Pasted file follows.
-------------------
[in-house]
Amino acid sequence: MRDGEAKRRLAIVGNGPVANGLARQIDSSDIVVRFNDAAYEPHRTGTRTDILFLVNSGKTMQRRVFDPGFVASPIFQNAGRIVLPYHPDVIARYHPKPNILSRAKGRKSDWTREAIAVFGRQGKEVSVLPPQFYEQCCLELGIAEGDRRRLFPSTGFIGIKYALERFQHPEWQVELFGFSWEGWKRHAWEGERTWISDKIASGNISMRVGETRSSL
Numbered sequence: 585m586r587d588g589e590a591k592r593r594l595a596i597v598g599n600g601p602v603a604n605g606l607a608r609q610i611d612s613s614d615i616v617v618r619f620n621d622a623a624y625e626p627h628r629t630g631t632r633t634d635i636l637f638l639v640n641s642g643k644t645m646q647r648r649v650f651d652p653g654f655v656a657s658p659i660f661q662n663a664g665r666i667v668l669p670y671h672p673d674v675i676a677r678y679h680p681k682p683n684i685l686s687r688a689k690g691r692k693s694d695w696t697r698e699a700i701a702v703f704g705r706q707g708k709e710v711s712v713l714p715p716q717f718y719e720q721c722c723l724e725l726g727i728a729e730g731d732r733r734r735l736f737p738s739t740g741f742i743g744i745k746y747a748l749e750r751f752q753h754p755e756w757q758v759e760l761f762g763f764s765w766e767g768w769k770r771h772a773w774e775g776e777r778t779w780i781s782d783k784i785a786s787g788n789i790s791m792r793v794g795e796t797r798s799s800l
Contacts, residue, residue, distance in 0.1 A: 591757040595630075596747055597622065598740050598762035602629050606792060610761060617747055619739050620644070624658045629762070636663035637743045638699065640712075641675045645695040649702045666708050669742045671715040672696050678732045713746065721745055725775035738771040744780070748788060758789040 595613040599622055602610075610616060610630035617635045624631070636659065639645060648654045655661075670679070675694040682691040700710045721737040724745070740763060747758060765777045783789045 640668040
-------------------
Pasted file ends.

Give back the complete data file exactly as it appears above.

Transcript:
[in-house]
Amino acid sequence: MRDGEAKRRLAIVGNGPVANGLARQIDSSDIVVRFNDAAYEPHRTGTRTDILFLVNSGKTMQRRVFDPGFVASPIFQNAGRIVLPYHPDVIARYHPKPNILSRAKGRKSDWTREAIAVFGRQGKEVSVLPPQFYEQCCLELGIAEGDRRRLFPSTGFIGIKYALERFQHPEWQVELFGFSWEGWKRHAWEGERTWISDKIASGNISMRVGETRSSL
Numbered sequence: 585m586r587d588g589e590a591k592r593r594l595a596i597v598g599n600g601p602v603a604n605g606l607a608r609q610i611d612s613s614d615i616v617v618r619f620n621d622a623a624y625e626p627h628r629t630g631t632r633t634d635i636l637f638l639v640n641s642g643k644t645m646q647r648r649v650f651d652p653g654f655v656a657s658p659i660f661q662n663a664g665r666i667v668l669p670y671h672p673d674v675i676a677r678y679h680p681k682p683n684i685l686s687r688a689k690g691r692k693s694d695w696t697r698e699a700i701a702v703f704g705r706q707g708k709e710v711s712v713l714p715p716q717f718y719e720q721c722c723l724e725l726g727i728a729e730g731d732r733r734r735l736f737p738s739t740g741f742i743g744i745k746y747a748l749e750r751f752q753h754p755e756w757q758v759e760l761f762g763f764s765w766e767g768w769k770r771h772a773w774e775g776e777r778t779w780i781s782d783k784i785a786s787g788n789i790s791m792r793v794g795e796t797r798s799s800l
Contacts, residue, residue, distance in 0.1 A: 591757040595630075596747055597622065598740050598762035602629050606792060610761060617747055619739050620644070624658045629762070636663035637743045638699065640712075641675045645695040649702045666708050669742045671715040672696050678732045713746065721745055725775035738771040744780070748788060758789040 595613040599622055602610075610616060610630035617635045624631070636659065639645060648654045655661075670679070675694040682691040700710045721737040724745070740763060747758060765777045783789045 640668040